20 August 2008


As the astute reader has by now guessed, Christine has returned from the land of wine and cheese back to the cornfields of the deep Midwest. The medieval cobblestone alleyways have been replaced by under-construction asphalt roads, the Saabs and Citroëns by massive Chevy pick-up trucks, and the tartelettes aux pommes by jelly-filled doughnuts. I'll make no comment on the fashion. Needless to say, it's been quite a switch. St. Bénigne Cathedral, that twelfth-century wonder of Catholic architecture, with its professional children's choir, Latin chant, and daily confession, was too good to last; I've returned to more humble surroundings, the sort of church building you might expect in a tiny midwestern town, with the sort of music you might expect (no guitars or drums, mercifully). But the people are kind and good, the cost of living is low, and we are near family, so all of this makes up for anything else.

Updates will be forthcoming, but be patient, dear reader; things have gotten awfully busy around here, and promise to remain so for some time.

12 August 2008

The Great Debate

Twenty years ago, a Christian philosopher named Dr. Greg Bahnsen (now deceased) debated atheist Gordon Stein, and made history. Dr. Bahnsen went on to publicly debate several more atheists, convincingly winning each debate and earning the reputation of "the man atheists fear most."

Anyone familiar with presuppositionalism already knows about the debate; twenty years on, people are still talking about it. If you are unfamiliar with presuppositionalism, the debate presents an electrifying and inspiring introduction. To date, no atheist has adequately responded to what Dr. Bahnsen termed "The Transcendental Argument for the Existence of God."

You can hear the entire debate at this link.

Nota bene: it's an epistemological heavy-hitter, but the good professor tries to explain his argument in layman's terms. In short, Bahnsen argues the Christian worldview is the most rational system because it is the only one that can account for the laws of logic, uniformity, science, and moral absolutes; atheism can account for none of these and thus results in absurdity and irrationality. The existence of God is necessary for the preconditions of knowledge. But don't take my word for it; listen to him.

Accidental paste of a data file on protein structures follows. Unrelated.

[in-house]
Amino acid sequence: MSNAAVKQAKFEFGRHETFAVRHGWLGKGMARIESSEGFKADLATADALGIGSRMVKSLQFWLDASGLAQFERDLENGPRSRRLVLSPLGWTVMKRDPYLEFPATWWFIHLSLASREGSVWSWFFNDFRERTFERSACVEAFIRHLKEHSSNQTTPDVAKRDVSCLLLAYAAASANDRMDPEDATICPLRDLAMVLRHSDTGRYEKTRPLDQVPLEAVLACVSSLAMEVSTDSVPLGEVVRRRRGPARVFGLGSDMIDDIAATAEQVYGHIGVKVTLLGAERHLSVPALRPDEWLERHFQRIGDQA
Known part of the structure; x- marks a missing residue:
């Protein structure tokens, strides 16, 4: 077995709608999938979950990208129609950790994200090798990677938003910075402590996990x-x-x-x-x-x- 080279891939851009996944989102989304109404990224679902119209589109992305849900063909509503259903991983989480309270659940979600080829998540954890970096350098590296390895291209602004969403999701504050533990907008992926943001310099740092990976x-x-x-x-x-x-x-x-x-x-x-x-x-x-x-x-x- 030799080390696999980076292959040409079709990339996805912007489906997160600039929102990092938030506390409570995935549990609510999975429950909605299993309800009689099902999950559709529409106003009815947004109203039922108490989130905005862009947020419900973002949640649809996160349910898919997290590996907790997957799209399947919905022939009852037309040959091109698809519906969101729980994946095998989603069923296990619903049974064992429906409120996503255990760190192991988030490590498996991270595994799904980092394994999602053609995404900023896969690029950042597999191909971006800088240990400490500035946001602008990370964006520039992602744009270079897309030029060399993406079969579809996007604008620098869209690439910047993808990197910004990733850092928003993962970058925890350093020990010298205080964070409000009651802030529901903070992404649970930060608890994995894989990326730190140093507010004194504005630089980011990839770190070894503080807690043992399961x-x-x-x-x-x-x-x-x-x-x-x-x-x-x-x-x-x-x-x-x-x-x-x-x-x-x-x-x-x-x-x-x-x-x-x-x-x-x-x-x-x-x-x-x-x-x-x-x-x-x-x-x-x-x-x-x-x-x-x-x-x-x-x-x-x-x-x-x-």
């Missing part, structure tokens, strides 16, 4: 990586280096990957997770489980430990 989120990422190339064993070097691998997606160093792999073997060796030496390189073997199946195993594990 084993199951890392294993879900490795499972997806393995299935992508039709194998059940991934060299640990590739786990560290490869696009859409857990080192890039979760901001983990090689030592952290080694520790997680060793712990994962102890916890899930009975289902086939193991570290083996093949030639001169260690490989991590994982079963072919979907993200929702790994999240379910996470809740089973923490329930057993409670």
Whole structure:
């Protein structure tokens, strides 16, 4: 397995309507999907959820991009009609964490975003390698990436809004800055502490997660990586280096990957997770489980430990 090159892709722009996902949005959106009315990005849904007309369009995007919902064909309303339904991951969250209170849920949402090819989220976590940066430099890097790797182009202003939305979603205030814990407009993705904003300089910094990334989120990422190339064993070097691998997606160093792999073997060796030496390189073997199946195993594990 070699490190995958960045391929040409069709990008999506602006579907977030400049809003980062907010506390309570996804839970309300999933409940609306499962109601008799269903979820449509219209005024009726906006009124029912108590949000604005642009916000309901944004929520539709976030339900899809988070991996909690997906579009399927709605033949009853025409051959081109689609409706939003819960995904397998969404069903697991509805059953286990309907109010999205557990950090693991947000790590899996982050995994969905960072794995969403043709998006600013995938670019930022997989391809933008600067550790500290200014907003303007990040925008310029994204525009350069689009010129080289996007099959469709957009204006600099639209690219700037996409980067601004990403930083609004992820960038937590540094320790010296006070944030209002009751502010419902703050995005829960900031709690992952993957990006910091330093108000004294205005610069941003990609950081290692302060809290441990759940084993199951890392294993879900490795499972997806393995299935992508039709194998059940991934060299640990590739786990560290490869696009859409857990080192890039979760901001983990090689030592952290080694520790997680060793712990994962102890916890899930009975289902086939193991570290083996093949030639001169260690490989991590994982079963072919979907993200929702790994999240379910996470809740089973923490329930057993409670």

Follow-up: Michael Butler, who worked closely with Dr. Bahnsen, offers a more recent defense of the Transcendental Argument for the Existence of God, effectively dealing with objections and finetuning the proof.

11 August 2008

A Blatant Lie

I'll have to delve momentarily into that murky, irritating swamp we know as politics, only because it concerns a misconception widely held by well-intentioned Obama-supporters.

In response to accusations that he supports infanticide because he voted against the Illinois Born Alive Infants Act (which would protect babies born alive after a botched abortion), Obama said he would have voted in favor of the bill if it had included a neutrality clause protecting Roe v. Wade.

New documents show this is a bald-faced lie. The Illinois Born Alive Infants bill was amended to include a neutrality clause, but Obama voted against it anyway.

The charge of infanticide holds.

10 August 2008

Weigel on V-Monologues

In the latest update from Project Sycamore--which has petitioned Notre Dame University to end Eve Ensler's ridiculous play "The Vagina Monologues" on campus--George Weigel makes a worthy suggestion:
Whether or not to produce Eve Ensler's "Vagina Monologues" - a "play" that mocks the settled teaching of the Catholic Church - has become a tedious annual ritual on many Catholic campuses. Prominent among them is Notre Dame: to the public mind, the flagship among U.S. Catholic institutions of higher education. There, the university's president, Father John Jenkins, CSC, has allowed Ensler's 'play' on campus, acquiescing to the demands of some Notre Dame faculty while rejecting the counsel of other distinguished faculty members and the arguments of the local bishop.

In the patristic period, disputes within and among local churches were submitted to the Bishop of Rome for adjudication. So here's my proposal and my test-case: Let Father Jenkins send Pope Benedict XVI a copy of Ensler's 'play,' asking the Pope whether he considers this material appropriate for production or useful for discussion on a Catholic campus.

The answer, I predict, will not please the spin machine.
Fr. Jenkins's decision is cloaked behind the mantle of academic freedom, but one wonders whether it accords with the Holy Father's understanding of the same:
I wish to reaffirm the great value of academic freedom. In virtue of this freedom you are called to search for the truth wherever careful analysis of evidence leads you. Yet it is also the case that any appeal to the principle of academic freedom in order to justify positions that contradict the faith and the teaching of the Church would obstruct or even betray the university's identity and mission: a mission at the heart of the Church's 'munus docendi' and not somehow autonomous or independent of it.
A number of Catholic universities have already dropped the play, but Notre Dame stubbornly persists in its refusal to listen to the local bishop on this matter.

You can add your name to Project Sycamore's petition here.